April 17, 2020 @ 13:23 by Richard Dawson
In the first major evidence of what happens to an economy stricken by the coronavirus pandemic, the People’s Republic of China has today (April 17) recorded its first fall in quarter-on-quarter GDP since records began.
China is the second largest economy in the world and the largest global trading partner. It has enjoyed exponential and unbroken growth for almost all of the last four decades.
The country only began recording quarter-on-quarter growth in the early 1990s but acknowledges that this is the first time the economy has not grown since at least the 1970s.
Figures released by the National Bureau of Statistics today show that GDP plunged by -6.8 per cent in Q1 2020.
In the last economic crisis of 2008-9, China’s economy grew at an annualised rate of 9.65 and 9.4 per cent respectively. But this year, it is expected that the country will struggle to post any growth for the first time in a generation.
The Chinese experience is likely to be at the bottom end of the contractions we will see in Europe in the second quarter of this year. Some estimates predict the UK’s losses could be as bad as -35 per cent.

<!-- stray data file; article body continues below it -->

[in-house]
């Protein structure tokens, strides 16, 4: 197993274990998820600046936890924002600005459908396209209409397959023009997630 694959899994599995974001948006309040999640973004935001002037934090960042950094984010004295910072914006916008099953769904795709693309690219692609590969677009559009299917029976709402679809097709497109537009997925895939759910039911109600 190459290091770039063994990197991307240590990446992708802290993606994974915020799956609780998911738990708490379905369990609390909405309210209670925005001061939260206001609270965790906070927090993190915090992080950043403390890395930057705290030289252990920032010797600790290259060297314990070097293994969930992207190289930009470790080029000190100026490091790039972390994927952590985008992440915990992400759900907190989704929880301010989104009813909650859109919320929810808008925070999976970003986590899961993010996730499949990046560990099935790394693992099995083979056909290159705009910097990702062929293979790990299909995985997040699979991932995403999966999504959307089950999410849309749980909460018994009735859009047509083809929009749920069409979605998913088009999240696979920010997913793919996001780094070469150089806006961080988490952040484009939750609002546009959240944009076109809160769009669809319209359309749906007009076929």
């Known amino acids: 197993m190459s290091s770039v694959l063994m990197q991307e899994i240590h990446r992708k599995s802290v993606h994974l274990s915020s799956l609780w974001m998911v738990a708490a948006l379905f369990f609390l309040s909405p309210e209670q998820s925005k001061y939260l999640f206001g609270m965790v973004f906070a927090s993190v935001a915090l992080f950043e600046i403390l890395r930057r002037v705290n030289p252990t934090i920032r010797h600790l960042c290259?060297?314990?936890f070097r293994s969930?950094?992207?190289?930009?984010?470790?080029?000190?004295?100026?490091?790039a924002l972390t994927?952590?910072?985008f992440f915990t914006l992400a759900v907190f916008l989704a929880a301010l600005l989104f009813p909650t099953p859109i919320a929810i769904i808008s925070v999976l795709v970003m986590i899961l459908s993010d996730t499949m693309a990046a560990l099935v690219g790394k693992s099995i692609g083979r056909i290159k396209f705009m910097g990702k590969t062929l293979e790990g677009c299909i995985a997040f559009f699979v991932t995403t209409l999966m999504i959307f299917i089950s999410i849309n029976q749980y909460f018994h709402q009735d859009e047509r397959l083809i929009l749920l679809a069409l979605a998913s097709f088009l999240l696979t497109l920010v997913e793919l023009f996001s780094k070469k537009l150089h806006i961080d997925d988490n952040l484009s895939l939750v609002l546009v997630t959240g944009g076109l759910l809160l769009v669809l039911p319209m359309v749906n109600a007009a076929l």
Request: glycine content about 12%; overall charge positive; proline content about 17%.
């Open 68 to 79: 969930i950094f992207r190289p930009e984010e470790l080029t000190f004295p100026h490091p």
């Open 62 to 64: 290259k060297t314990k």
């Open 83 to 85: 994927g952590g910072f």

China’s historic contraction will have wide-sweeping implications for the global economy as a whole.
Indeed, the International Monetary Fund (IMF) has this week (April 14) downgraded its World Economic Outlook to -3 per cent, almost 30 times the -0.1 per cent decline in global output recorded in 2009 after the financial crisis.
The IMF believes “The Great Lockdown”, to coin a crisis, will be the worst economic downturn since The Great Depression, which spanned from 1929-33 and is estimated to have slashed global GDP by -15 per cent.
China as a whole has begun to emerge from the coronavirus pandemic and it looks as if something like normal business activity has resumed.
It remains to be seen how long it will be before we can say the same thing about the UK.